In an age of computer generated animation, stop motion is still considered to be a struggling art form. Despite the fact that he’s directed critically acclaimed films in the process (with modest box-office success), Henry Selick, director of The Nightmare Before Christmas and most recently Coraline, just had his latest project canceled by Disney studios. As long as you have a good story to tell, just about any animation process is a work of art in itself and still relevant in cinema. No studio believes in that stronger than Laika, responsible for Selick’s Coraline and behind the latest stop-motion animation feature Paranorman. Though debuting co-director Chris Butler, (paired with Flushed Away director Sam Fell) lacks Selick’s experience, his film is not without good intentions and a very welcome attempt to stray from, forgive the pun, “the norm”.
Born with the gift to see and communicate with the dead, obsessed horror movie nut Norman (Kodi Smit-McPhee) is an outcast amongst fellow kids at school and even his family. His dad (Jeff Garlin) refuses to believe the boy spends time on the sofa watching TV with the ghost of his grandmother and his cheerleader sister (Anna Kendrick) sees him as a waste of space she’s embarrassed to be related to. Then there’s the bullying Alvin (Christopher Mintz-Plasse), who constantly picks on the eccentric Norman, even though he’s somewhat of a dimwit himself. The only person who identifies with Norman’s supernatural ability and the burden he carries is crazy Uncle Prenderghast (John Goodman) who unfortunately croaks, just as he’s about to warn the boy of a rising evil due to a 300 year old curse.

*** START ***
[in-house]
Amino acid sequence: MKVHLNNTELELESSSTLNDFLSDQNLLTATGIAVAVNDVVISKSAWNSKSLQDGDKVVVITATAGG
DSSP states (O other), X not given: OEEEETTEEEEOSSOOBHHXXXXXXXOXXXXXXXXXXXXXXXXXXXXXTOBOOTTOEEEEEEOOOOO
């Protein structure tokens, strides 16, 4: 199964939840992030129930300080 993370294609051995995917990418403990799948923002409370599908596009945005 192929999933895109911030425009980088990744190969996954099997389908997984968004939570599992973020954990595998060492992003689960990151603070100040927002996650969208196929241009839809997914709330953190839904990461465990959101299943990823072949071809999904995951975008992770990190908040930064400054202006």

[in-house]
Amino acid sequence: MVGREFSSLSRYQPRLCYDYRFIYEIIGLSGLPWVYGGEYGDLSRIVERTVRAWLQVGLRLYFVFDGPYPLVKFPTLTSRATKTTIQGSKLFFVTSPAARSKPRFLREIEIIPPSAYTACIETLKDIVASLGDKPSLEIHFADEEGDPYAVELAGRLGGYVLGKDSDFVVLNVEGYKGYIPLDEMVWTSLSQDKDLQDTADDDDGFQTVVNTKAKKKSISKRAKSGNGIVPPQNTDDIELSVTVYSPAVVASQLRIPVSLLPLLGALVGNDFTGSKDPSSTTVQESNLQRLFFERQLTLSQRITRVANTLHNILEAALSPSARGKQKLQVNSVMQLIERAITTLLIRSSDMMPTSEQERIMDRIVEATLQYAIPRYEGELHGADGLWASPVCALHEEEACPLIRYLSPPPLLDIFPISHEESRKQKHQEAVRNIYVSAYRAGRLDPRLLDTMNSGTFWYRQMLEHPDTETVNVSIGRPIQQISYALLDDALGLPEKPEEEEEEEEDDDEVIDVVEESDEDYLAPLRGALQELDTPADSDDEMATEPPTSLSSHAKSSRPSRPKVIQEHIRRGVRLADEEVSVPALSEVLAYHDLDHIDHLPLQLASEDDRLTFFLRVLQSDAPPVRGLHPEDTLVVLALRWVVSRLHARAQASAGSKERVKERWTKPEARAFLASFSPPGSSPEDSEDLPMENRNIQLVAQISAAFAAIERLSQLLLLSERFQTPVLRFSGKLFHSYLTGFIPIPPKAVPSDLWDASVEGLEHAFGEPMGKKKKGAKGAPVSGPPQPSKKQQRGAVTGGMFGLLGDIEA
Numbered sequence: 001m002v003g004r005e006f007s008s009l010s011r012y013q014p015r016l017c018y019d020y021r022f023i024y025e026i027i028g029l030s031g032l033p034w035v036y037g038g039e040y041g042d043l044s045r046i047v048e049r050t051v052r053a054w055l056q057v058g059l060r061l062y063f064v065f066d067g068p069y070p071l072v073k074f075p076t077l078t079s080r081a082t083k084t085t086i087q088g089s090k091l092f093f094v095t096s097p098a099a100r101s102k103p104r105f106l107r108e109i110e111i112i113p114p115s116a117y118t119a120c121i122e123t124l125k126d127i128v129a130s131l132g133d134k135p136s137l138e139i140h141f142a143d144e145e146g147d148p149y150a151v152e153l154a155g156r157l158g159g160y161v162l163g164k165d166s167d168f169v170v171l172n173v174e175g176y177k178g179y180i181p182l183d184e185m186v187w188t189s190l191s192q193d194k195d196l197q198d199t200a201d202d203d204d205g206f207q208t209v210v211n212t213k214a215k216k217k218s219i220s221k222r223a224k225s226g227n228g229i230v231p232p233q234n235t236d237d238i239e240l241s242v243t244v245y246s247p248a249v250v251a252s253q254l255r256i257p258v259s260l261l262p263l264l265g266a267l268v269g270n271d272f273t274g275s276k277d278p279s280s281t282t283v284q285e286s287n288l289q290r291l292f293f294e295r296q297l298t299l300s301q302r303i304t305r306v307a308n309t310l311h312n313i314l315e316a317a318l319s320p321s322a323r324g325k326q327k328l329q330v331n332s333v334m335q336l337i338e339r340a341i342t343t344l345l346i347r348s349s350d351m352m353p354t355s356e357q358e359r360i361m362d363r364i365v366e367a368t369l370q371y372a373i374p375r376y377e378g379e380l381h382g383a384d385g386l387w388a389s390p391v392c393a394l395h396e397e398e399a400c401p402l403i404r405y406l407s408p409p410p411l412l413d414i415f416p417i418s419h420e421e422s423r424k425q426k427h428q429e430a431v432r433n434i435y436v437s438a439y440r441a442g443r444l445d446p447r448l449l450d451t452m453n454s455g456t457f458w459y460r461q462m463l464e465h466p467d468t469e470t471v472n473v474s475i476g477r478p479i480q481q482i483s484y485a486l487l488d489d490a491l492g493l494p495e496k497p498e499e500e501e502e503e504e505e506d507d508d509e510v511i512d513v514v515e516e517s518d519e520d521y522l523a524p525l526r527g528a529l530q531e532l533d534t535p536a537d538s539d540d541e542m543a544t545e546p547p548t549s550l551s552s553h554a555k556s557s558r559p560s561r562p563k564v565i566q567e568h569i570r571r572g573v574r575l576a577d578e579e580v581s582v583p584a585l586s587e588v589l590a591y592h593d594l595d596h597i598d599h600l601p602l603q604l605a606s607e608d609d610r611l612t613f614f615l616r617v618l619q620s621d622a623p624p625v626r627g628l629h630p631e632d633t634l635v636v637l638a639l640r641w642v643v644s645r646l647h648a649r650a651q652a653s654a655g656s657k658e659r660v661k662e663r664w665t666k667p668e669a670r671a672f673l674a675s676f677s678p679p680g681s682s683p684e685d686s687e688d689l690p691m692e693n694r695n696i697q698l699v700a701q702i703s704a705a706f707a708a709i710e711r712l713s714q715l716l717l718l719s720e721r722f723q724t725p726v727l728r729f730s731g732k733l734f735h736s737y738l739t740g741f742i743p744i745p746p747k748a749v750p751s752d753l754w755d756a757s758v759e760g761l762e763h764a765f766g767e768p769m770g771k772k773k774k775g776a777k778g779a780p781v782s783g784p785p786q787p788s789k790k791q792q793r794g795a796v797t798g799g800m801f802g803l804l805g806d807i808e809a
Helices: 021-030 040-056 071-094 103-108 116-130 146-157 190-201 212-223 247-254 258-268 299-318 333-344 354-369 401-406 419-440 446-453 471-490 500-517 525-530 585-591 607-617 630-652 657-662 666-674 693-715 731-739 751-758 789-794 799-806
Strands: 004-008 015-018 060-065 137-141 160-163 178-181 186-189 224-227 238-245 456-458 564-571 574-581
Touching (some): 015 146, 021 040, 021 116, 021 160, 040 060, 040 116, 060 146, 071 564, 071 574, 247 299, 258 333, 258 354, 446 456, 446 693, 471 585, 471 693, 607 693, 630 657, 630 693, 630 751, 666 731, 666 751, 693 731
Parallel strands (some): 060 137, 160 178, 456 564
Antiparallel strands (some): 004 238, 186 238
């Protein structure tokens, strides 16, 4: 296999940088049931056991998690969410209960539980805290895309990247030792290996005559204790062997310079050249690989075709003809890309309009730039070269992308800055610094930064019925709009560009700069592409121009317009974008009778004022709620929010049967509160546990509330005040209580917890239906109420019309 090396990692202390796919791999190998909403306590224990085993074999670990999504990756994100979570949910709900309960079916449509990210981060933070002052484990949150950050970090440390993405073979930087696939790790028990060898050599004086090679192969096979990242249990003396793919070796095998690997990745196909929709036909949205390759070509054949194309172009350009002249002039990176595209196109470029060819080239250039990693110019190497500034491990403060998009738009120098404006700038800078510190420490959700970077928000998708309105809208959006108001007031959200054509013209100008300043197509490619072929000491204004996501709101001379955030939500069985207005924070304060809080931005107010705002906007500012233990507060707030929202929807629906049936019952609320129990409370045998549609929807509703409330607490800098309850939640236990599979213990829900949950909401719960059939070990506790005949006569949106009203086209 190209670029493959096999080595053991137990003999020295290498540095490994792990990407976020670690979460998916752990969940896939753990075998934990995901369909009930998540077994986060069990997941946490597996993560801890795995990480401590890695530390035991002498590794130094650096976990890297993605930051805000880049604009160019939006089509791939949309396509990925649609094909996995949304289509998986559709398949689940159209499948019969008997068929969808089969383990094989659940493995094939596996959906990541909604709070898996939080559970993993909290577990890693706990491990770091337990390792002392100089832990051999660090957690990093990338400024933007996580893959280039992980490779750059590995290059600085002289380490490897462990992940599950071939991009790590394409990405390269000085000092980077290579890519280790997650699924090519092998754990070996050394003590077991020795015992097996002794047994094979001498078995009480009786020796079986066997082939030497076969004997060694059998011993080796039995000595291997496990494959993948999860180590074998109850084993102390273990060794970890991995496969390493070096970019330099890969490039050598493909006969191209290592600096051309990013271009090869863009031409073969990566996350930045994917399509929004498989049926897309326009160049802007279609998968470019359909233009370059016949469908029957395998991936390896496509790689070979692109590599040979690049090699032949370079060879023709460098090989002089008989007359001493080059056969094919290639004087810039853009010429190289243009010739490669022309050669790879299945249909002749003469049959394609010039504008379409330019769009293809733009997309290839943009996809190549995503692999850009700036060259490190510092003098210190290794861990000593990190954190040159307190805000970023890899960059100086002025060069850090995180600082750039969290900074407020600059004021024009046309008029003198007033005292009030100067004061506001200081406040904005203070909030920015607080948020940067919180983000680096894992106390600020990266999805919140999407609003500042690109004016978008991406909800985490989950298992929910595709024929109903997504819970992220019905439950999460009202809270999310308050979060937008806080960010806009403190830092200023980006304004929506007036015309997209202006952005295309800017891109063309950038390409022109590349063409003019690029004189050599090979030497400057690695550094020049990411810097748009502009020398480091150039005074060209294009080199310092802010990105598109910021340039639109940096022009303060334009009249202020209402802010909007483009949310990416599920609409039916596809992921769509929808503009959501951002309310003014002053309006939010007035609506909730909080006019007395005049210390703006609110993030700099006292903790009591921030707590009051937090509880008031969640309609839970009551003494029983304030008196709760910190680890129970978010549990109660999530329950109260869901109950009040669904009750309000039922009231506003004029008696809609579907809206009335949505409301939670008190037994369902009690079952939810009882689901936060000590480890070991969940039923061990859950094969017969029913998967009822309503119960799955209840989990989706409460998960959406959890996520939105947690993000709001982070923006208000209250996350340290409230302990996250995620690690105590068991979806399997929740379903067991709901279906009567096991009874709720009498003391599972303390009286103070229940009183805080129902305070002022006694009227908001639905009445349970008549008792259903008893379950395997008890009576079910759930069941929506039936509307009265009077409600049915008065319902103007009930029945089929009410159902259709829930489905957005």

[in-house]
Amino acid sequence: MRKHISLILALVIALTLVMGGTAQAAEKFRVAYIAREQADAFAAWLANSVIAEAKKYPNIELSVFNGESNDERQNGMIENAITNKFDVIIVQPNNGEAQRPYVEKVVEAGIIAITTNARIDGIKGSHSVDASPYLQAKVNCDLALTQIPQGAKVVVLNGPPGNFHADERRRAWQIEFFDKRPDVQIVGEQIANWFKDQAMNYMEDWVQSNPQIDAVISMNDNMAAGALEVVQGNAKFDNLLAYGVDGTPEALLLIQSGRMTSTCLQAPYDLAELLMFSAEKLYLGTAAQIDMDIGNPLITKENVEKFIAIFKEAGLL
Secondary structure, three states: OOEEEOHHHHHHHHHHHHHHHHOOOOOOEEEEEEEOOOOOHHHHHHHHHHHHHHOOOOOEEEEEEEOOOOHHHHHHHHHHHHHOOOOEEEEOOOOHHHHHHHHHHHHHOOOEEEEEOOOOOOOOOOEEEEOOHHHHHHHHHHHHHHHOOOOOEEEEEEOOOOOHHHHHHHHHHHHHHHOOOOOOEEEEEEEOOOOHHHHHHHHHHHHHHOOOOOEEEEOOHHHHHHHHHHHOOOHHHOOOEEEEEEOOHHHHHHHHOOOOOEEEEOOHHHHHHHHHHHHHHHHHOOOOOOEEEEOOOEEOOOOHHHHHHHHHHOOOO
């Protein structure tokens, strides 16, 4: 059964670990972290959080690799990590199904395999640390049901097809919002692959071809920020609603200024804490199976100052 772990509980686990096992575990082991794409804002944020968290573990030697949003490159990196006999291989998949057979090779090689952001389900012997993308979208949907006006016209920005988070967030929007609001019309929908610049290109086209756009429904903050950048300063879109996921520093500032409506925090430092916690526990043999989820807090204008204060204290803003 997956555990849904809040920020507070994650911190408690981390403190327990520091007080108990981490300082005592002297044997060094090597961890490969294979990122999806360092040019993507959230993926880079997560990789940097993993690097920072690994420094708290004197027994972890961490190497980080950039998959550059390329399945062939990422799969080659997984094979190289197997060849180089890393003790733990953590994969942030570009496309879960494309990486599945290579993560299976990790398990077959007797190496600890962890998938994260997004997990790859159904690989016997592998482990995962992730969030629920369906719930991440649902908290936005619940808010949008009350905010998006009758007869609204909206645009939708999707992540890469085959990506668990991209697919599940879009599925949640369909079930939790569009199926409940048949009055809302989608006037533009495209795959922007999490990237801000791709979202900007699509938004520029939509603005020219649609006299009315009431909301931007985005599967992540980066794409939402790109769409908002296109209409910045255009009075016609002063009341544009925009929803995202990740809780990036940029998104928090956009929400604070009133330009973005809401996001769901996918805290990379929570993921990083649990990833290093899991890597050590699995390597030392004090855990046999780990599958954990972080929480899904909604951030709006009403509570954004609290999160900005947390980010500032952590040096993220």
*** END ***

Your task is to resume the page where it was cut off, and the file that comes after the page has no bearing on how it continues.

It takes a bit for Paranorman to get rolling since the story moves at a pace as clunky as the supporting characters who are slow to realize that the dead have begun to rise and Norman isn’t the only one who can see them. The story is packed with plenty of characters just as eccentric as Norman, many of them forming an angry mob, ready to combat the living dead. Their actions are revealed to be foolish as the story reveals dozens of morals ranging from prejudice to bullying and the consequences of passing judgment on the misunderstood. For much of its first hour, Paranorman feels like a good idea not properly executed, with a focus on colorful characters and humor. Norman’s self-appointed best friend and fellow outcast Neil (Tucker Albrizzi) proves to be quite a hoot though. Late in the story, the film takes a surprising and welcome dark turn, a bold move that major studios would no doubt shy away from out of fear of alienating audiences.
Paranorman may be a comedic fantasy geared at adults and children, but the subject of death is consistently revisited in a dramatic fashion and feels more real that a production featuring live, flesh and blood actors. It’s no easy task to introduce story elements concerning tragedy into a animated family film and Laika along with writers Butler and Arianne Sutner & Steven Stone should be commended for having the guts to do so. The animation is naturally first-rate and even further enhanced by the 3D process. It’s the filmmakers’ bold attempt to create a film that strays away from basic storytelling that makes this one a memorable experience and work of art that will undoubtedly find an audience and even endure.